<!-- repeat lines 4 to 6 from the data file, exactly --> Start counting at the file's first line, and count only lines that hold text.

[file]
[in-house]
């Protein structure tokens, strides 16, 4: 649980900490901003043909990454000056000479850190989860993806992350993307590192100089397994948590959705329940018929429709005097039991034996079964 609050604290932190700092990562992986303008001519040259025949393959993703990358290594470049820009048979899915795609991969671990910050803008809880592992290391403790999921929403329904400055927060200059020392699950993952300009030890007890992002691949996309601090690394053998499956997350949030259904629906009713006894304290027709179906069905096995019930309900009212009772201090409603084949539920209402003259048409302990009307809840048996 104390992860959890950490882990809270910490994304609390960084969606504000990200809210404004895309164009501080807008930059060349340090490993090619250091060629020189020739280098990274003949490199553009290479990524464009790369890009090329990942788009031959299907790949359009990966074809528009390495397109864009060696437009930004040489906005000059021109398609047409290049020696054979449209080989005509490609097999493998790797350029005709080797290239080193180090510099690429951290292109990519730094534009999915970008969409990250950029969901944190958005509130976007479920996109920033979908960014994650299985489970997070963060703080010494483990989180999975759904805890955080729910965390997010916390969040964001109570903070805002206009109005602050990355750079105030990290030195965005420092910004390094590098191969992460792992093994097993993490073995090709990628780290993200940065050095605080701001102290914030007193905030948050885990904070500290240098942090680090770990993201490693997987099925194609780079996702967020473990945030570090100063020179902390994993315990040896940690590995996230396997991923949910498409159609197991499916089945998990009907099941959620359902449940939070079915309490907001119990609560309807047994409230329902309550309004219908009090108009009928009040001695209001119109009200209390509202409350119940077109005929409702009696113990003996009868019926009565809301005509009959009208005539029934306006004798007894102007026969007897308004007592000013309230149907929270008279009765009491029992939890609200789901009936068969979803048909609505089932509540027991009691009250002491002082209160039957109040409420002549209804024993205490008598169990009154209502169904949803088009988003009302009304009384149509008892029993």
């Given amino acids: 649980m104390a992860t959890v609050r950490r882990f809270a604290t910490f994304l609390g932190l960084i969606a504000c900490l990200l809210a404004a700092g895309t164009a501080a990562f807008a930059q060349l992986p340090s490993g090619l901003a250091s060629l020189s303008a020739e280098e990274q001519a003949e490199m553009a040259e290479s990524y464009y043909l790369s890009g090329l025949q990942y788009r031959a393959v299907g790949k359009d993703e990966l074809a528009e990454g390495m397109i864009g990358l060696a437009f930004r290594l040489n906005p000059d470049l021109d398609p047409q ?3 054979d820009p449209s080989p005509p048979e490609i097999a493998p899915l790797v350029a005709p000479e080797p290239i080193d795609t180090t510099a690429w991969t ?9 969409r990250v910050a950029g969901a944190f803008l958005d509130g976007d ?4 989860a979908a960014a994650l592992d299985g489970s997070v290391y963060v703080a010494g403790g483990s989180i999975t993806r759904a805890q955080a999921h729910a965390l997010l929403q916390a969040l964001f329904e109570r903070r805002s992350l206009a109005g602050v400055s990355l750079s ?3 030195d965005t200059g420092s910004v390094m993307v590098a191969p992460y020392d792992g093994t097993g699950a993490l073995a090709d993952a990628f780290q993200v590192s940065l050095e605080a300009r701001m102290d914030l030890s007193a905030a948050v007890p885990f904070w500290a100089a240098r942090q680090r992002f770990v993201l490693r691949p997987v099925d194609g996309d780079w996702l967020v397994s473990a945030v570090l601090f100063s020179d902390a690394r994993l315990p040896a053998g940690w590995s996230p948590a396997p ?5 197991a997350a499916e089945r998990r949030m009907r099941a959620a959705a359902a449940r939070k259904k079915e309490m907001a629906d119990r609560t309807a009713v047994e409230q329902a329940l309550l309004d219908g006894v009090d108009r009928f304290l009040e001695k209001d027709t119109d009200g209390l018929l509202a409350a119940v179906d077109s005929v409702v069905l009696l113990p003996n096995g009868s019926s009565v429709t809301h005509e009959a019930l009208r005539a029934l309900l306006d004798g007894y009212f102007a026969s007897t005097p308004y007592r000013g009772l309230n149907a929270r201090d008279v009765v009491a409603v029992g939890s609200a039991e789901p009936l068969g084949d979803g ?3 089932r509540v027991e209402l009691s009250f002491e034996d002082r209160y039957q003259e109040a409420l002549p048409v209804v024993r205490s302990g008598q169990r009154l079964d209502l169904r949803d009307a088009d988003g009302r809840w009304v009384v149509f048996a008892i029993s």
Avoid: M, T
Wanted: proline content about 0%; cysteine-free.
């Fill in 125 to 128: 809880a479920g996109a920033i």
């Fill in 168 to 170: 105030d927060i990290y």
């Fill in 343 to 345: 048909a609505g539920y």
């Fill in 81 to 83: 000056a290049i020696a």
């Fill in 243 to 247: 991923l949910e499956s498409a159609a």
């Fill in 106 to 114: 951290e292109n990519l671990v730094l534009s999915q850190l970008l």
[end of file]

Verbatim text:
Avoid: M, T
Wanted: proline content about 0%; cysteine-free.
């Fill in 125 to 128: 809880a479920g996109a920033i």